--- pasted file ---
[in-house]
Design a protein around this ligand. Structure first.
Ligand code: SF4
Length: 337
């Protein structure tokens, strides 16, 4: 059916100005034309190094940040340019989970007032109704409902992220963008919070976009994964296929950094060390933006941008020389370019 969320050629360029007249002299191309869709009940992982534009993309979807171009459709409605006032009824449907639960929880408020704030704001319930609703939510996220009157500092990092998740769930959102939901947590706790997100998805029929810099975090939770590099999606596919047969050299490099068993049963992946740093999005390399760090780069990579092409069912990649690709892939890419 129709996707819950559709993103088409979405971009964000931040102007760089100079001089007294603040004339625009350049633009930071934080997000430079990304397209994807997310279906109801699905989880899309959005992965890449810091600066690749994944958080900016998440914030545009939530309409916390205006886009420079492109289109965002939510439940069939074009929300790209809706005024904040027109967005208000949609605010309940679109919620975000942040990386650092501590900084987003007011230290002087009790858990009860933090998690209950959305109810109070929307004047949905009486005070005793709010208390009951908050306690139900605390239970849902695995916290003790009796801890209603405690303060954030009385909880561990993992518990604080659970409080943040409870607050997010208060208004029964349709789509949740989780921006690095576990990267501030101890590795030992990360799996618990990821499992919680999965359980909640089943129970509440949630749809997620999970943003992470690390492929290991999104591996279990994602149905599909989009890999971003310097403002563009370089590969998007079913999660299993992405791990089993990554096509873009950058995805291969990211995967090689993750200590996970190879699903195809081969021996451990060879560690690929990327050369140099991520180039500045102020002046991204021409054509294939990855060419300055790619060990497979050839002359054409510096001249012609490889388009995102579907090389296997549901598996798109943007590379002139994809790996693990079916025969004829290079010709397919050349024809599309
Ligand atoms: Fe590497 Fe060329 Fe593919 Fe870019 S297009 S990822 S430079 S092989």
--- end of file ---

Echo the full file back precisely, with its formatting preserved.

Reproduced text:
[in-house]
Design a protein around this ligand. Structure first.
Ligand code: SF4
Length: 337
């Protein structure tokens, strides 16, 4: 059916100005034309190094940040340019989970007032109704409902992220963008919070976009994964296929950094060390933006941008020389370019 969320050629360029007249002299191309869709009940992982534009993309979807171009459709409605006032009824449907639960929880408020704030704001319930609703939510996220009157500092990092998740769930959102939901947590706790997100998805029929810099975090939770590099999606596919047969050299490099068993049963992946740093999005390399760090780069990579092409069912990649690709892939890419 129709996707819950559709993103088409979405971009964000931040102007760089100079001089007294603040004339625009350049633009930071934080997000430079990304397209994807997310279906109801699905989880899309959005992965890449810091600066690749994944958080900016998440914030545009939530309409916390205006886009420079492109289109965002939510439940069939074009929300790209809706005024904040027109967005208000949609605010309940679109919620975000942040990386650092501590900084987003007011230290002087009790858990009860933090998690209950959305109810109070929307004047949905009486005070005793709010208390009951908050306690139900605390239970849902695995916290003790009796801890209603405690303060954030009385909880561990993992518990604080659970409080943040409870607050997010208060208004029964349709789509949740989780921006690095576990990267501030101890590795030992990360799996618990990821499992919680999965359980909640089943129970509440949630749809997620999970943003992470690390492929290991999104591996279990994602149905599909989009890999971003310097403002563009370089590969998007079913999660299993992405791990089993990554096509873009950058995805291969990211995967090689993750200590996970190879699903195809081969021996451990060879560690690929990327050369140099991520180039500045102020002046991204021409054509294939990855060419300055790619060990497979050839002359054409510096001249012609490889388009995102579907090389296997549901598996798109943007590379002139994809790996693990079916025969004829290079010709397919050349024809599309
Ligand atoms: Fe590497 Fe060329 Fe593919 Fe870019 S297009 S990822 S430079 S092989």